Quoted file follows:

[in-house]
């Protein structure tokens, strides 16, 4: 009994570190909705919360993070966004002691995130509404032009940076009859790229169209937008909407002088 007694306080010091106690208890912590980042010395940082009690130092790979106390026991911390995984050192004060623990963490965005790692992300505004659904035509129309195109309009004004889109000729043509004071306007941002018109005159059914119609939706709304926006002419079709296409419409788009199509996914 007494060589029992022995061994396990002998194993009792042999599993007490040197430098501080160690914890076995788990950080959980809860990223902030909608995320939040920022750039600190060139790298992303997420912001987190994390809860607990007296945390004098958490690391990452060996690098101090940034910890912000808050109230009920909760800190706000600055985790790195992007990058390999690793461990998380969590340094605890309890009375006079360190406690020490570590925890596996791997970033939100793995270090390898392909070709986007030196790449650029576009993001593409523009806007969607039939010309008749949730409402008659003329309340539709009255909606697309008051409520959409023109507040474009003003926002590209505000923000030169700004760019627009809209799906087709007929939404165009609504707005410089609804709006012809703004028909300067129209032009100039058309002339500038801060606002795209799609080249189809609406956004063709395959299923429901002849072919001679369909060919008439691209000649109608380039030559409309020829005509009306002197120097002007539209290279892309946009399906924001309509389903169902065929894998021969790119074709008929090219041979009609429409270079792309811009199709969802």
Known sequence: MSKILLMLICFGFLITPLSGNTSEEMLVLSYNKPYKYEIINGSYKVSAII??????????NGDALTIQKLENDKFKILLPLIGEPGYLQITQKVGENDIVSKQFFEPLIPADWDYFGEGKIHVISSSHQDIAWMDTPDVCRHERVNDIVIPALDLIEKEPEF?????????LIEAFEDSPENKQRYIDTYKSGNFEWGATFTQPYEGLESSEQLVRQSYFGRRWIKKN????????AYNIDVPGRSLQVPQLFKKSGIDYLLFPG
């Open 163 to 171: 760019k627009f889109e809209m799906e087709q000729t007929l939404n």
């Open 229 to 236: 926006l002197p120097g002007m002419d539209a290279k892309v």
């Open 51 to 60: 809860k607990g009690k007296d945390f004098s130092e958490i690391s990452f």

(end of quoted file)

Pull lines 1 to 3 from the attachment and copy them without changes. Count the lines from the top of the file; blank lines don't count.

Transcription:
[in-house]
């Protein structure tokens, strides 16, 4: 009994570190909705919360993070966004002691995130509404032009940076009859790229169209937008909407002088 007694306080010091106690208890912590980042010395940082009690130092790979106390026991911390995984050192004060623990963490965005790692992300505004659904035509129309195109309009004004889109000729043509004071306007941002018109005159059914119609939706709304926006002419079709296409419409788009199509996914 007494060589029992022995061994396990002998194993009792042999599993007490040197430098501080160690914890076995788990950080959980809860990223902030909608995320939040920022750039600190060139790298992303997420912001987190994390809860607990007296945390004098958490690391990452060996690098101090940034910890912000808050109230009920909760800190706000600055985790790195992007990058390999690793461990998380969590340094605890309890009375006079360190406690020490570590925890596996791997970033939100793995270090390898392909070709986007030196790449650029576009993001593409523009806007969607039939010309008749949730409402008659003329309340539709009255909606697309008051409520959409023109507040474009003003926002590209505000923000030169700004760019627009809209799906087709007929939404165009609504707005410089609804709006012809703004028909300067129209032009100039058309002339500038801060606002795209799609080249189809609406956004063709395959299923429901002849072919001679369909060919008439691209000649109608380039030559409309020829005509009306002197120097002007539209290279892309946009399906924001309509389903169902065929894998021969790119074709008929090219041979009609429409270079792309811009199709969802």
Known sequence: MSKILLMLICFGFLITPLSGNTSEEMLVLSYNKPYKYEIINGSYKVSAII??????????NGDALTIQKLENDKFKILLPLIGEPGYLQITQKVGENDIVSKQFFEPLIPADWDYFGEGKIHVISSSHQDIAWMDTPDVCRHERVNDIVIPALDLIEKEPEF?????????LIEAFEDSPENKQRYIDTYKSGNFEWGATFTQPYEGLESSEQLVRQSYFGRRWIKKN????????AYNIDVPGRSLQVPQLFKKSGIDYLLFPG